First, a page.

- Ethiopic is a script developed in Ethiopia. It looks like this (ግዕዝ)...assuming you have the right font.
- Ethiopic is used to write Ge'ez, the classical language of Ethiopia and still used in the Ethiopic Orthodox Church (and Ethiopian Jewish services). It's South Semitic and is distantly related to Hebrew and Arabic. Ge'ez evolved into Amharic, the modern official language of Ethiopia.
- Other languages are also written in the Ethiopic script including Tigrinya and Oromo.
- An alternate name for Ethiopia is Abyssinia (from the original Arabic name for Ethiopia). However, some people may use Abyssinia for areas in east Africa which are not exactly the same as modern Ethiopia.
- Ethiopic Unicode fonts and utilities are available...if you know where to look.
In any case, Ethiopia has had a long and influential political history dating from the Sabean.
Yorùbá is your typical African Niger-Khordofanian language with a simple seven-vowel system and three tones much like most other languages in Sub-Saharan African. The vowels are basically a,e,i,o,u plus dotted ẹ,ọ (for /ɛ,ɔ/). Dotted vowels are not common, but can be dealt with in Unicode.
What makes Yoruba interesting is that, unlike other neighborng African languages, they also write out tones using the accute accent high tones and grave accent low tones. This means that the dotted vowels ẹ,ọ can also get marked for tones with an accent mark above.
Now we have a Unicode problem because there are two diacritics on one vowel. Vietnamese has the same type of double marked vowels, but in Unicode, each version of the vowel with diacritic gets its own numeric slot and font point, so it's not too much of an issue.
Alas, this is not what was recommended for Yoruba. Instead, Unicode (at least as of 4.0) wants us to use "combining" accents to make our own characters up. This makes theoretical sense, but can actually be harder on font designers and people trying to alphabetically sort Yoruba. Also, support for "combining" accents is pretty weak in most U.S. systems. They would much rather you work with "precombined" characters. Since I'm a linguist though, I had to take up the challenge...because I may have to write a Yoruba word for class one day.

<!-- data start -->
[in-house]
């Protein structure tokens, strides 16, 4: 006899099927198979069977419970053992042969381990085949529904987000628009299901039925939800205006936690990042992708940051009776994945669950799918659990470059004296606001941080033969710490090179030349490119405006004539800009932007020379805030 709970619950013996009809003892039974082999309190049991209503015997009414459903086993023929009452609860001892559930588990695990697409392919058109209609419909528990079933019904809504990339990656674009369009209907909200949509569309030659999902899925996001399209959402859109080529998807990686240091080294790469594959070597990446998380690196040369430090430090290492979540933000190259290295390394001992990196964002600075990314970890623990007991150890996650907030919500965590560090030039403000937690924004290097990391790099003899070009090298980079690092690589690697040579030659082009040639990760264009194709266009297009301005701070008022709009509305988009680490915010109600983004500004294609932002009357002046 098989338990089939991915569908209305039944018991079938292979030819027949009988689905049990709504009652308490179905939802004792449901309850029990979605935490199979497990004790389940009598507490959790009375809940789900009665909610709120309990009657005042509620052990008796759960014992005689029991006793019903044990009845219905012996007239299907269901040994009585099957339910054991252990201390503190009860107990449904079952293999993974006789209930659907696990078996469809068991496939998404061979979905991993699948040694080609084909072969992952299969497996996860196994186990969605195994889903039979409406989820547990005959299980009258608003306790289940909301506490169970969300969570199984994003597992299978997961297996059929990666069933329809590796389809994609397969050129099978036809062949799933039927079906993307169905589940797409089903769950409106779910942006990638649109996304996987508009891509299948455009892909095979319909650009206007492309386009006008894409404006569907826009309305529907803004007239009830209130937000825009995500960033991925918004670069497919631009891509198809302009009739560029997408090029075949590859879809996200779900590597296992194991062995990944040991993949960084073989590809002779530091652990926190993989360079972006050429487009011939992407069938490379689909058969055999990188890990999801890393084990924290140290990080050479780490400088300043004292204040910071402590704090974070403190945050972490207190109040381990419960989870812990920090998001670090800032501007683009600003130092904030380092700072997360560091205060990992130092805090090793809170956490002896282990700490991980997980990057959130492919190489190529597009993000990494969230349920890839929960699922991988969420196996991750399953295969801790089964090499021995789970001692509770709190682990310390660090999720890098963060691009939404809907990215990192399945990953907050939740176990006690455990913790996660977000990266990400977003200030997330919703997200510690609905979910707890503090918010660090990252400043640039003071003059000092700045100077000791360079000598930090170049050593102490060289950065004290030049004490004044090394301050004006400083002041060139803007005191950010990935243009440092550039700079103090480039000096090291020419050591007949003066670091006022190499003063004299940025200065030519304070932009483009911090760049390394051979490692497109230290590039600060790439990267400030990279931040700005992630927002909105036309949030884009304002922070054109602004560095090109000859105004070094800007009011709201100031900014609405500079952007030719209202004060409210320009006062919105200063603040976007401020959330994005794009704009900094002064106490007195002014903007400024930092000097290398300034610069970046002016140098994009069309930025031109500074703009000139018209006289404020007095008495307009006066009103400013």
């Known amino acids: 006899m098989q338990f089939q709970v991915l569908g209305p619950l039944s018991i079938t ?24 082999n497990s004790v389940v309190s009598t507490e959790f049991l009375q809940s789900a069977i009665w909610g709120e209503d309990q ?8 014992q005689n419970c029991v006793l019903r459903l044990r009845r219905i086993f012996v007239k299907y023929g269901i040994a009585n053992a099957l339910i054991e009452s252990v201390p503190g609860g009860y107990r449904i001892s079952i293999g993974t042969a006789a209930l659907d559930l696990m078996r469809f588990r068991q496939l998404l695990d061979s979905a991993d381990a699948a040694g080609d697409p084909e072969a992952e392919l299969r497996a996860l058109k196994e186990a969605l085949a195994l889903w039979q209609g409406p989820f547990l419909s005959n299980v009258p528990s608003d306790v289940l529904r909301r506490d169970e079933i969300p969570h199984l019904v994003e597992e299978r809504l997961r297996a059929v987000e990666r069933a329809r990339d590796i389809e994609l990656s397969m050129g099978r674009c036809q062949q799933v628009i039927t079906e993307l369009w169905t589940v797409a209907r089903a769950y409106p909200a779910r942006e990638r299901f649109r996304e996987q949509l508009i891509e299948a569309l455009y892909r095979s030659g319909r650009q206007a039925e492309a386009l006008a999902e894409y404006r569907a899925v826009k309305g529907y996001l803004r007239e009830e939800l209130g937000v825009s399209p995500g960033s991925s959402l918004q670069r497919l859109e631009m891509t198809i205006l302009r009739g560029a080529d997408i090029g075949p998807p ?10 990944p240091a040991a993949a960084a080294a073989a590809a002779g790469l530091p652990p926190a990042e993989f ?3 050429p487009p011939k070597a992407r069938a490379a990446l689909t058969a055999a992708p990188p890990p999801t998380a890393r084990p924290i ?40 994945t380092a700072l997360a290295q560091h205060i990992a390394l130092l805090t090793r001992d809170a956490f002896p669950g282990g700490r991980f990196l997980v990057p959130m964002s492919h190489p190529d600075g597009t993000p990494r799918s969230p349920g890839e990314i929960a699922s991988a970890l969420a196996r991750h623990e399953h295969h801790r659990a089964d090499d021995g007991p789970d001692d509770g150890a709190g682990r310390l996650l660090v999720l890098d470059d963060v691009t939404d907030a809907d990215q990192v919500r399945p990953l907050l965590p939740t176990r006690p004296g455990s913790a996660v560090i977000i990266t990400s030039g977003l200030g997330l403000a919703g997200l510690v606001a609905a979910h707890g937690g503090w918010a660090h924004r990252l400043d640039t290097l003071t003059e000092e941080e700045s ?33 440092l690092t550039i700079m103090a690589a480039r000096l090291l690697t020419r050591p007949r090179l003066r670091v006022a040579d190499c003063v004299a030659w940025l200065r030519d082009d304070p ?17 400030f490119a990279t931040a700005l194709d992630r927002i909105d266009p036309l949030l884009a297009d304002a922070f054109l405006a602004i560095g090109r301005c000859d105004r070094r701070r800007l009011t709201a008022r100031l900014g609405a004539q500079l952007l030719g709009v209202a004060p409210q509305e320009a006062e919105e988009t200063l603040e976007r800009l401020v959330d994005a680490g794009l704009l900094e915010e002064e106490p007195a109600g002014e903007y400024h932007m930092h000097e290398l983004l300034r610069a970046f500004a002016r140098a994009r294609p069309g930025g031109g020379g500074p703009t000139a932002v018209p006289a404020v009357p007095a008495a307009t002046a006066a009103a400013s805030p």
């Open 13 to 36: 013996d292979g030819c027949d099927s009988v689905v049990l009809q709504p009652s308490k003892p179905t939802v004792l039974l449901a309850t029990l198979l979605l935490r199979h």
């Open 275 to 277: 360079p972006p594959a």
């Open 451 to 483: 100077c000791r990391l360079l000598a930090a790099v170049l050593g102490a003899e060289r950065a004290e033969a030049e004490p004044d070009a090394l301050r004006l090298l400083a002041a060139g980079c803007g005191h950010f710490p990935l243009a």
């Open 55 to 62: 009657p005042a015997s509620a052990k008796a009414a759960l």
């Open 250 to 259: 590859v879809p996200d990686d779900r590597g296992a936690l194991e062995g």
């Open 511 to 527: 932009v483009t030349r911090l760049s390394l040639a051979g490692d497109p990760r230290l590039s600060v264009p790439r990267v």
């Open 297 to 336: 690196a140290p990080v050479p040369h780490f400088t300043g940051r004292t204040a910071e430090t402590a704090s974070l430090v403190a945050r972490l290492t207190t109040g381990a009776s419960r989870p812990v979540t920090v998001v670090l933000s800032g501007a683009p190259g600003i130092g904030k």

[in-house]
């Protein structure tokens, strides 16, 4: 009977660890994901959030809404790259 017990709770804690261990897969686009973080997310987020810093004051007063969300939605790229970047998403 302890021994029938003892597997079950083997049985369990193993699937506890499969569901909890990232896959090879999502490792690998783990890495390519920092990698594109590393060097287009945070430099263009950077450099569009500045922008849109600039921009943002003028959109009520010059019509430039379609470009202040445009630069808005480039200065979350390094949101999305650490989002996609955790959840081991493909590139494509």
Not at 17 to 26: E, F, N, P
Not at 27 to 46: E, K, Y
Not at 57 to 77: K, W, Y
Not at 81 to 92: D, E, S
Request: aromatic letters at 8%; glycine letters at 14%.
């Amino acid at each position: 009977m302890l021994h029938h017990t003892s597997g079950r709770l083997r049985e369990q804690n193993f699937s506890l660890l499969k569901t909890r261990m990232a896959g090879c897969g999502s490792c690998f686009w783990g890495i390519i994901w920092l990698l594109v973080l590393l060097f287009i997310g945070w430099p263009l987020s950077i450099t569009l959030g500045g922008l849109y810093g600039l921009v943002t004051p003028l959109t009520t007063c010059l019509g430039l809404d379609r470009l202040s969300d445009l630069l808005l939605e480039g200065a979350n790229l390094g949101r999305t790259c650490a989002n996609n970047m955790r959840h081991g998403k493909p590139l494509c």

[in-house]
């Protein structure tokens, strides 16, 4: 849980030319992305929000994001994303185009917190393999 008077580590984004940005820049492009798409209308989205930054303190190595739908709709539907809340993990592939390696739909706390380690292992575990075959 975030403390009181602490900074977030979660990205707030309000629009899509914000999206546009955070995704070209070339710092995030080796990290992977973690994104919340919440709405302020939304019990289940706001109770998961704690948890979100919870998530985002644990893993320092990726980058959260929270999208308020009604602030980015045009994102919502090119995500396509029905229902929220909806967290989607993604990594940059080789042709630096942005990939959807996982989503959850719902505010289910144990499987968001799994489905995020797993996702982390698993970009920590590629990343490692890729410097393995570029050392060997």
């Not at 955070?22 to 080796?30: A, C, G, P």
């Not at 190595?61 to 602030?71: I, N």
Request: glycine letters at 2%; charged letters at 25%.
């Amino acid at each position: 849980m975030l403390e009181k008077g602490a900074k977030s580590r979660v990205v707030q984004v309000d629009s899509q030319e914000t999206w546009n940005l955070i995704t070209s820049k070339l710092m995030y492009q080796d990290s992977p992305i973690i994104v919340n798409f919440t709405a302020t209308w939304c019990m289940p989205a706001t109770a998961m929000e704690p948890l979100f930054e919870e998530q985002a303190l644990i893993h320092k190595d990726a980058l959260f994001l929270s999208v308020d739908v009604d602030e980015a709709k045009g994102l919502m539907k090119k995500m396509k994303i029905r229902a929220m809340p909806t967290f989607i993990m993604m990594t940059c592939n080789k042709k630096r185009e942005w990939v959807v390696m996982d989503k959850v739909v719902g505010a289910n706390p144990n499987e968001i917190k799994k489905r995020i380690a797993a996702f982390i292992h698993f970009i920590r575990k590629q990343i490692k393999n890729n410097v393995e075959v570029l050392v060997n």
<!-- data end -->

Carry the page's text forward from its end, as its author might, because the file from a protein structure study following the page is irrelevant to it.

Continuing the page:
Mac Yoruba Challenge
With accent marks, I normally try the Mac U.S. Extended keyboard. I can get the dotted vowel or an accented vowel...but not both. When I tried the codes, the second diacritic got separated thus (´ọ). No dice. The same thing pretty much happens with the Character Pallette as well.
The easiest solution for me is to download and install the SIL Phonetic keyboard, since this one supports combining accents. So for dotted o with acute accent (ọ), I now type Shift+2 then Option+8 then O. The only problem is that most phonetics fonts which support combining accents don't support capital versions pretty well. The accent tends to run into the vowel (Ọ́) ... but it's critical, I would do PDF instead.
Problems on Safari and Internet Explorer - Combined accents don't play well on Safari. Even with a CSS file set to switch fonts to an appropriate phonetics font, you WILL get kicked into a font which does not like combining accents. You will see floating accents or squares instead. With Internet Explorer, you MUST use CSS to change the font to something like Arial Unicode MS.
Windows Yoruba Challenge
I tried a phonetics keyboard download for Windows, but I couldn'f find the combining dot below character. It's not their fault...the fact that Windows keyboards really only support Shift and sometime ALT reduces the number of possible combinations compared to the Mac Shift, Option and Shift+Option.
Fortunately, I had access to an IPA keyboard from the commercial language software Global Writer. If I were stuck with a PC for real, I would be forced to buy my own copy of this for emergencies like these.
A Final Note on Unicode Social Justice